Student project: animated 3D code rendering engine

I’m trying to get better at writing down potential student project ideas as they come to me. For the moment, I’m doing this on my blog using the student-project tag.

As a livecoder I care more than most about how my code looks on the screen. While I’ve written in the past about the potential of animated “tooltip” style code annotations, I’d love to have more detailed (parametric) control over the display of the code/text itself, especially in a “handwritten” style. Being able to “write” the code in real-time in sync with the music in a livecoding setup would look super cool, and I 1 think that it might even help folks follow what’s going on in terms of which bits of code are responsible for which parts of the music.

Making this happen would require:

  • a handwriting synthesis model (something like this one by Alex Graves)

  • (optionally) a 3D version (which would give output like this, but automated rather than manual)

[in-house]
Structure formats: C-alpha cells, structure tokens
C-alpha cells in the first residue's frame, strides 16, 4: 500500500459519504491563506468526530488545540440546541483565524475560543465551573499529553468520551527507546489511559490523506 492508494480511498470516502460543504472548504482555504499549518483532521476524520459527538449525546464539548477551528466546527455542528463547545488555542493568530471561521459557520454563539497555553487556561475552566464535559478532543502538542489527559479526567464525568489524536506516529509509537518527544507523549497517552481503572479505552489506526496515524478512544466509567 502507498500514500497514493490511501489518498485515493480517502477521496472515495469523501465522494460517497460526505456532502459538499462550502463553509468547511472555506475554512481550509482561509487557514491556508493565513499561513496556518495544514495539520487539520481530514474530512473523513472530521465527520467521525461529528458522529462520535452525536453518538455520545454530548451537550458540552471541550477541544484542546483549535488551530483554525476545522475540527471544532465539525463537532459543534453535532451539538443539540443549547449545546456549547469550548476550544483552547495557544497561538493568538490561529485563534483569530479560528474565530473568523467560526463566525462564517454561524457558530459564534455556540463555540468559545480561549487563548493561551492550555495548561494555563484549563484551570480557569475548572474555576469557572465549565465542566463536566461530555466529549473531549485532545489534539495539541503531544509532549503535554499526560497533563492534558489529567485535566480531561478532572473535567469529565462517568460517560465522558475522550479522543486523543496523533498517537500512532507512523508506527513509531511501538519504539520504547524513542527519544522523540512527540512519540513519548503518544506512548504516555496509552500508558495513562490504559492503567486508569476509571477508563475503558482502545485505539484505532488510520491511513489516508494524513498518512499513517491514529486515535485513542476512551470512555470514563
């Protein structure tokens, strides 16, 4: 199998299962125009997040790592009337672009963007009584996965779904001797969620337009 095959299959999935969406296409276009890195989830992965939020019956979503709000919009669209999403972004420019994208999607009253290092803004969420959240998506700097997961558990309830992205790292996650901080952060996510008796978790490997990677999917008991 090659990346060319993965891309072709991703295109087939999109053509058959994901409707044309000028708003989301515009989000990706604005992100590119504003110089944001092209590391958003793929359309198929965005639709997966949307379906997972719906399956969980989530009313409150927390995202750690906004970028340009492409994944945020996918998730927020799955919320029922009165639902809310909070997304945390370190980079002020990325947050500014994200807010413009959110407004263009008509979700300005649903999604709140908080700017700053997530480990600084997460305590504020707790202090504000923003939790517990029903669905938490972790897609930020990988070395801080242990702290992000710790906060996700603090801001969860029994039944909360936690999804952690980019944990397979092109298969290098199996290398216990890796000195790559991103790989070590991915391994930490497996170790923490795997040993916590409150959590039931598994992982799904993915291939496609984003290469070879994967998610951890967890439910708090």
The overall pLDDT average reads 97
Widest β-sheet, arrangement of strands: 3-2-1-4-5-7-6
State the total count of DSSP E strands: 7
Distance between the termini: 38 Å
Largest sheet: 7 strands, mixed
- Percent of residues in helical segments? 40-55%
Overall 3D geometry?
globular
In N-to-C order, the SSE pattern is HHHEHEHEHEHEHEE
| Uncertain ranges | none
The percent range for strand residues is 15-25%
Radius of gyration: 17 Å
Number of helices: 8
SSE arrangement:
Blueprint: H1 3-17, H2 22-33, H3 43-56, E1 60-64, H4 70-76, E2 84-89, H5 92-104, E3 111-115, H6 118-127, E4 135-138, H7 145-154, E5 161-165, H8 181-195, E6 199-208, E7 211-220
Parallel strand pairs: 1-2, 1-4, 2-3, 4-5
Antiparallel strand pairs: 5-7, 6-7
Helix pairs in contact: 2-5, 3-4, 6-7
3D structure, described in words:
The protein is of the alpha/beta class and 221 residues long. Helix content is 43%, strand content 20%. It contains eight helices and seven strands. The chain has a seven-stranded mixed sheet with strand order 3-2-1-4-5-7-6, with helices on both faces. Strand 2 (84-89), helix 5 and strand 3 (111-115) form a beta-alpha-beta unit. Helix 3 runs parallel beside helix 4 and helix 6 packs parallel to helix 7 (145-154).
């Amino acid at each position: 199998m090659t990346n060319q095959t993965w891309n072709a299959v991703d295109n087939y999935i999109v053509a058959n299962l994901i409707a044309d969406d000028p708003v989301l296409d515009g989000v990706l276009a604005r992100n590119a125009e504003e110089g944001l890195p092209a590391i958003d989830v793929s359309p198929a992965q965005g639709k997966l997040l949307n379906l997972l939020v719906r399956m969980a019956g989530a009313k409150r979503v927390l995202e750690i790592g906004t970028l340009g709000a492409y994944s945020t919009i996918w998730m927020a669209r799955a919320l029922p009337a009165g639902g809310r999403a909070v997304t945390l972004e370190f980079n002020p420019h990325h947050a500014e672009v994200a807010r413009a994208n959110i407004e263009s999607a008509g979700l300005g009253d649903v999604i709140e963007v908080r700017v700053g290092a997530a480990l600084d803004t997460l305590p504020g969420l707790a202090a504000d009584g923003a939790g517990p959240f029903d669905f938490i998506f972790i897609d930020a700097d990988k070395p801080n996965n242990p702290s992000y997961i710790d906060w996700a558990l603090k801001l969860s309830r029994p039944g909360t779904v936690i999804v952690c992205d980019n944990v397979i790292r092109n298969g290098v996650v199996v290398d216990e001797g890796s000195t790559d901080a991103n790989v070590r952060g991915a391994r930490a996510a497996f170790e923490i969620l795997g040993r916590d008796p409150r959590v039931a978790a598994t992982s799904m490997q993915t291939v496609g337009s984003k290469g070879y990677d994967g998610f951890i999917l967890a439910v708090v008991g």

• a way of applying keyword colouring & other standard code display niceties (because it’d be nice to not lose the things that a regular old IDE/text editor can do)

  • a protocol for a livecoding IDE to communicate (including timing information) with this code synthesis engine so that the code would be displayed/drawn (and re-drawn) in response to the music in funky ways

…and it’d all have to run in real-time during a performance (although it needn’t be running on the livecoder’s machine—as mentioned above it’d ideally use some sort of nrepl-style protocol and could be done over the network).

If you’re an ANU student and you want to do a research project along these lines with the c/c/c studio, then drop me a line.

  1. I have no evidence for this… but I’d like to try and get some. 

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